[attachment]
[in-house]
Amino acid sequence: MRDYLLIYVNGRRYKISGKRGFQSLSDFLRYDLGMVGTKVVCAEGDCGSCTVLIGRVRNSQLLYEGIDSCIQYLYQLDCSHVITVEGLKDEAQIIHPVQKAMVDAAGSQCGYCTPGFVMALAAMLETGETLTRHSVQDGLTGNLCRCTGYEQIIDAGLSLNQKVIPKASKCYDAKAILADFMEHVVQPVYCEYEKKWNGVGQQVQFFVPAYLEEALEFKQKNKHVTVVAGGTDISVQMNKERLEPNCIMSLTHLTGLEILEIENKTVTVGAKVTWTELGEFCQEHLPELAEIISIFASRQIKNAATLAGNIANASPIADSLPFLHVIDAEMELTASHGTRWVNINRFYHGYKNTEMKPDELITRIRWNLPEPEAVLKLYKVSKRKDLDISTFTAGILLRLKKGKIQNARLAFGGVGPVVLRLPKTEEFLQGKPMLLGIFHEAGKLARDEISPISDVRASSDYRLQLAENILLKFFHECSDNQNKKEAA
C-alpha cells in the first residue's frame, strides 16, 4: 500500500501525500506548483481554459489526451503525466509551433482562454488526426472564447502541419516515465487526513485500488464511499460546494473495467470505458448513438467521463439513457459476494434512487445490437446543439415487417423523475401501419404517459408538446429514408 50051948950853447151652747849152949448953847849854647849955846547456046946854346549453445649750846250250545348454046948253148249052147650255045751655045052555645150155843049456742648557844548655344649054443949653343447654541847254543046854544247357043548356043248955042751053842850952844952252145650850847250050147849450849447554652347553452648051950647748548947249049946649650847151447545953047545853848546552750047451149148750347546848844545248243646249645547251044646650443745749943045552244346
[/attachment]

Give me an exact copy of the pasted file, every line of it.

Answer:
[in-house]
Amino acid sequence: MRDYLLIYVNGRRYKISGKRGFQSLSDFLRYDLGMVGTKVVCAEGDCGSCTVLIGRVRNSQLLYEGIDSCIQYLYQLDCSHVITVEGLKDEAQIIHPVQKAMVDAAGSQCGYCTPGFVMALAAMLETGETLTRHSVQDGLTGNLCRCTGYEQIIDAGLSLNQKVIPKASKCYDAKAILADFMEHVVQPVYCEYEKKWNGVGQQVQFFVPAYLEEALEFKQKNKHVTVVAGGTDISVQMNKERLEPNCIMSLTHLTGLEILEIENKTVTVGAKVTWTELGEFCQEHLPELAEIISIFASRQIKNAATLAGNIANASPIADSLPFLHVIDAEMELTASHGTRWVNINRFYHGYKNTEMKPDELITRIRWNLPEPEAVLKLYKVSKRKDLDISTFTAGILLRLKKGKIQNARLAFGGVGPVVLRLPKTEEFLQGKPMLLGIFHEAGKLARDEISPISDVRASSDYRLQLAENILLKFFHECSDNQNKKEAA
C-alpha cells in the first residue's frame, strides 16, 4: 500500500501525500506548483481554459489526451503525466509551433482562454488526426472564447502541419516515465487526513485500488464511499460546494473495467470505458448513438467521463439513457459476494434512487445490437446543439415487417423523475401501419404517459408538446429514408 50051948950853447151652747849152949448953847849854647849955846547456046946854346549453445649750846250250545348454046948253148249052147650255045751655045052555645150155843049456742648557844548655344649054443949653343447654541847254543046854544247357043548356043248955042751053842850952844952252145650850847250050147849450849447554652347553452648051950647748548947249049946649650847151447545953047545853848546552750047451149148750347546848844545248243646249645547251044646650443745749943045552244346